Control of the line of scrimmage will be very important to the success of the Rutgers offense, but it is fair to have reservations about the quarterbacks and receivers. No one necessarily stood out in practices, so Greg Schiano may go with a combination of Dom Natale and true freshman Tom Savage, with a few special packages installed for Jabu Lovelace. D.C. Jefferson was the fourth man in the quarterback derby, but he was switched to tight end to take advantage of his athleticism (and help a thin position).

Musical Quarterbacks might have an effect on the chemistry with the receiving corps, who currently have one standout in Tim Brown. After that, true freshman Mohamed Sanu began spring as a defensive back and ascended to the top of the charts at other starting wide receiver position.  

Cincinnati however has an intelligent, tough leader in Tony Pike taking the snaps who fought through injuries to lead his team to the Big East title in 2008. With eight returning starters on offense for the Cats, an emerging Rutgers defense will be tested, especially if he makes frequent connections with superstar WR Mardy Gilyard. This is why the front four of the Knights defense needs to generate some more pressure than they did last year (they recorded only 29 sacks compared to 40 in 2007).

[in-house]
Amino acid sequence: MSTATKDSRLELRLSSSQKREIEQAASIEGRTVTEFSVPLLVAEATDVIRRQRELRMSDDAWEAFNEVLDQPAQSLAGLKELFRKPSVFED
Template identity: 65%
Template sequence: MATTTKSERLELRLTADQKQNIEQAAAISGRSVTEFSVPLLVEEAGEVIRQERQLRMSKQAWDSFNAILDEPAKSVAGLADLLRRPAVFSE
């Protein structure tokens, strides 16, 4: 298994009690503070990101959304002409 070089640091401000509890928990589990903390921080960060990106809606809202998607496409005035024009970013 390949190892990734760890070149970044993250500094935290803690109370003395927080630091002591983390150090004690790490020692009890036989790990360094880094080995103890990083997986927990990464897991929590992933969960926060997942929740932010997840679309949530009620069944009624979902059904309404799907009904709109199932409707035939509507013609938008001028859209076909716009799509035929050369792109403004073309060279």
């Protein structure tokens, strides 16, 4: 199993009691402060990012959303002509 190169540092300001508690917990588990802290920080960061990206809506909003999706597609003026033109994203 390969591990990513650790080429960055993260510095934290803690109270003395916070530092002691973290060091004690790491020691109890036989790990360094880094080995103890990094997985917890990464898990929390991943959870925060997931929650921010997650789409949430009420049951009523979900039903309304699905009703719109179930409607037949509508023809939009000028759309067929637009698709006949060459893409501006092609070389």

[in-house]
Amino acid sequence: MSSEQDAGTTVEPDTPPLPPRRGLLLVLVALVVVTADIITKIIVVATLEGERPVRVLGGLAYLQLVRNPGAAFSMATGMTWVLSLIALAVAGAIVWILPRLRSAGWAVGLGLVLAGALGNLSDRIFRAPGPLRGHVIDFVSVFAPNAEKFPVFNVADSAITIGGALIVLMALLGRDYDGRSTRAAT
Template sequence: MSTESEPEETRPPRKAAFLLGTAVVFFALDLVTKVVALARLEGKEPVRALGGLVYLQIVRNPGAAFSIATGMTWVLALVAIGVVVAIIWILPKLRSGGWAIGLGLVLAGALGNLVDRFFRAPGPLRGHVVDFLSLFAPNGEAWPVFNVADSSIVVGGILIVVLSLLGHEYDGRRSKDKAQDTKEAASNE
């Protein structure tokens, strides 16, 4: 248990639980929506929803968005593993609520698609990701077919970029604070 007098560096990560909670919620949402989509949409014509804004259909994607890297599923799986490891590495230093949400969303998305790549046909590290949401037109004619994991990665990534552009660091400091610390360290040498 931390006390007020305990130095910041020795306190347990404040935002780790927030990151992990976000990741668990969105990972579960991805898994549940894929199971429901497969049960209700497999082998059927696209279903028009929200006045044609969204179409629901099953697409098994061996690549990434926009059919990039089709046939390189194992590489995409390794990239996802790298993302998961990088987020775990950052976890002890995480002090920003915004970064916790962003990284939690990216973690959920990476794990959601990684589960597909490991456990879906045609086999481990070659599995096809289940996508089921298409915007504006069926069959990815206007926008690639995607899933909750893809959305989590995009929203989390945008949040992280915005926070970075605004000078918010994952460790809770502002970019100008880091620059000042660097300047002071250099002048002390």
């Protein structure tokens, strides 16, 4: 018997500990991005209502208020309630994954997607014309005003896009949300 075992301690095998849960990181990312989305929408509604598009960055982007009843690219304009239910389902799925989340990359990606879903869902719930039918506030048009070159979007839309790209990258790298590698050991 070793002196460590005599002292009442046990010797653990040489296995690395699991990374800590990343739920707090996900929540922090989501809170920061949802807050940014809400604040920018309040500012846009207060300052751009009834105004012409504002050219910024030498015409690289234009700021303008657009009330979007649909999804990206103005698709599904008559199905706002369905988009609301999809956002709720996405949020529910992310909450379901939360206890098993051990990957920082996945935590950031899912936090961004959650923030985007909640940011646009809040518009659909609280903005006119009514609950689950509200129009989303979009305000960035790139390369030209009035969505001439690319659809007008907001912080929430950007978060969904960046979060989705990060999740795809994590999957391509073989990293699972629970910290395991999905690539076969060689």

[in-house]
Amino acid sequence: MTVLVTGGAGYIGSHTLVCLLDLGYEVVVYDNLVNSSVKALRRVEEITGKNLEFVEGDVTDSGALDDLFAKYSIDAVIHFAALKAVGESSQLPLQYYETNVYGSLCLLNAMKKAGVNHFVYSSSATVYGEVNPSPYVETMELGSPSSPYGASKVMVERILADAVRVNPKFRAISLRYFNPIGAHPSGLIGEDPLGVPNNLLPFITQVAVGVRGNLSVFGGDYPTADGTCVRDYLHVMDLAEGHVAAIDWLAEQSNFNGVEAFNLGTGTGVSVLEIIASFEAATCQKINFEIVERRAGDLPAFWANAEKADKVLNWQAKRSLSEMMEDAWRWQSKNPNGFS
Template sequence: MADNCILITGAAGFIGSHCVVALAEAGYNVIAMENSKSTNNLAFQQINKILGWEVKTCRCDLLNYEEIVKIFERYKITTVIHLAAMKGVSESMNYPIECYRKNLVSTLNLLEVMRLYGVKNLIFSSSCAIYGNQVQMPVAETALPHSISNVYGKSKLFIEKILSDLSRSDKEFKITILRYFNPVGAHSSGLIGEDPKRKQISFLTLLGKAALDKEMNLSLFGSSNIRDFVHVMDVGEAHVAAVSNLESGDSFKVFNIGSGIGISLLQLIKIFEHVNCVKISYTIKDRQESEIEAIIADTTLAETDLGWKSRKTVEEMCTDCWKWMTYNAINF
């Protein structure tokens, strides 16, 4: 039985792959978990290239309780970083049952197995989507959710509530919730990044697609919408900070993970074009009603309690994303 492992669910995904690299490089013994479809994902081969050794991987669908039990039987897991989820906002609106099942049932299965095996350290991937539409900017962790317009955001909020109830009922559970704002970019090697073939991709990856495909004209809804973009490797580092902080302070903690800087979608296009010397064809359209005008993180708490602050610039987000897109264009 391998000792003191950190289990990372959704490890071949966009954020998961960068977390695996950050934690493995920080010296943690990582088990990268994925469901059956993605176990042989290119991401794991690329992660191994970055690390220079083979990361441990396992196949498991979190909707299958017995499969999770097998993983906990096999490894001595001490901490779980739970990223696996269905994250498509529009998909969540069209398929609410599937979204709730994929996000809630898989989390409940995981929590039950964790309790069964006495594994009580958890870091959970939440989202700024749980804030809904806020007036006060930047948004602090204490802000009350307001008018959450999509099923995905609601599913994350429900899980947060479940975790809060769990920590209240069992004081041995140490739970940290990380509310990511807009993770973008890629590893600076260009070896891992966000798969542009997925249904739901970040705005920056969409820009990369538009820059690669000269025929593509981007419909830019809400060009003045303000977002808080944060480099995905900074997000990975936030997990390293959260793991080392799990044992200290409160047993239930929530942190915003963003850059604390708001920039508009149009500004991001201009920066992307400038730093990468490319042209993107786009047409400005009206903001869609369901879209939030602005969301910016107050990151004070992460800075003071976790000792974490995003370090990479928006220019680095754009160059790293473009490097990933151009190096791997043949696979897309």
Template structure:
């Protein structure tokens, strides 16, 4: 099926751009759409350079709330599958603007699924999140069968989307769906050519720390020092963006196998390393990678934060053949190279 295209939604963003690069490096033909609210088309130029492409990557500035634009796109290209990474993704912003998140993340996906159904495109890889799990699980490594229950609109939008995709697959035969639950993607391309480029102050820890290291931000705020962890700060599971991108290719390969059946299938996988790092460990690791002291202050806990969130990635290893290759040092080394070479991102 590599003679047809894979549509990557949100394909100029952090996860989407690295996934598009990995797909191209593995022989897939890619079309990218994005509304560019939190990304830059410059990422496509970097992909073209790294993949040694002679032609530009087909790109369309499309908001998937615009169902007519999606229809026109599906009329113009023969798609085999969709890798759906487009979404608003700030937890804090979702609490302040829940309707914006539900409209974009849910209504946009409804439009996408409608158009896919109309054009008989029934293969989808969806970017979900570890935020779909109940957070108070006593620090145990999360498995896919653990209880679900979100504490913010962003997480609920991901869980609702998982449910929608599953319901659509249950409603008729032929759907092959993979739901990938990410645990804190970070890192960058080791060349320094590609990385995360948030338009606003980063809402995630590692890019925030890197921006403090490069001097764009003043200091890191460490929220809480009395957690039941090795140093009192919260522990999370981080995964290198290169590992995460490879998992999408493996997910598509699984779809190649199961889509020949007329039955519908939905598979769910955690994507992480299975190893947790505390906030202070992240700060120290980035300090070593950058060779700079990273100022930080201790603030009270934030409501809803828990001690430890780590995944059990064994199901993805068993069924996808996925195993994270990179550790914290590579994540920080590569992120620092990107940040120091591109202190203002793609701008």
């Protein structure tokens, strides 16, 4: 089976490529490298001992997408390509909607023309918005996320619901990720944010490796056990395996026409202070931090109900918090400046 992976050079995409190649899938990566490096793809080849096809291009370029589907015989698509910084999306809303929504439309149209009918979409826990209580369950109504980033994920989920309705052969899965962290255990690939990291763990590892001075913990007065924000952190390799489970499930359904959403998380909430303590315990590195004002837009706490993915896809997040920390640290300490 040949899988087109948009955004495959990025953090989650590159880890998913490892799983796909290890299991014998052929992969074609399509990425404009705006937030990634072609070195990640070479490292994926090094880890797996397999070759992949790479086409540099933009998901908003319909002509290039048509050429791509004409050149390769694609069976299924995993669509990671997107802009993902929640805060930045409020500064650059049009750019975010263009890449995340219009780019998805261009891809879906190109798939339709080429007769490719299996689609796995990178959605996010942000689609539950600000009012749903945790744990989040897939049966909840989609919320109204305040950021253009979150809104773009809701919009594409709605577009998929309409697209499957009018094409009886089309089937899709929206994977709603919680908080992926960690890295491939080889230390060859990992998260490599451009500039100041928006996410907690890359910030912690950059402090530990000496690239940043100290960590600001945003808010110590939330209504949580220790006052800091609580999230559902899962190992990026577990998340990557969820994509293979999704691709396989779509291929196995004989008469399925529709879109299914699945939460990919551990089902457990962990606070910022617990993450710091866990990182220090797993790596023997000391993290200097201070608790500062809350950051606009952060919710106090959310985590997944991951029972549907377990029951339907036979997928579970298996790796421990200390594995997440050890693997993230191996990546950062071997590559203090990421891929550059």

Overall, Rutgers has an edge in the talent an experience department, simply due to the offensive line and the inexperience and scheme change in Cincinnati’s defense.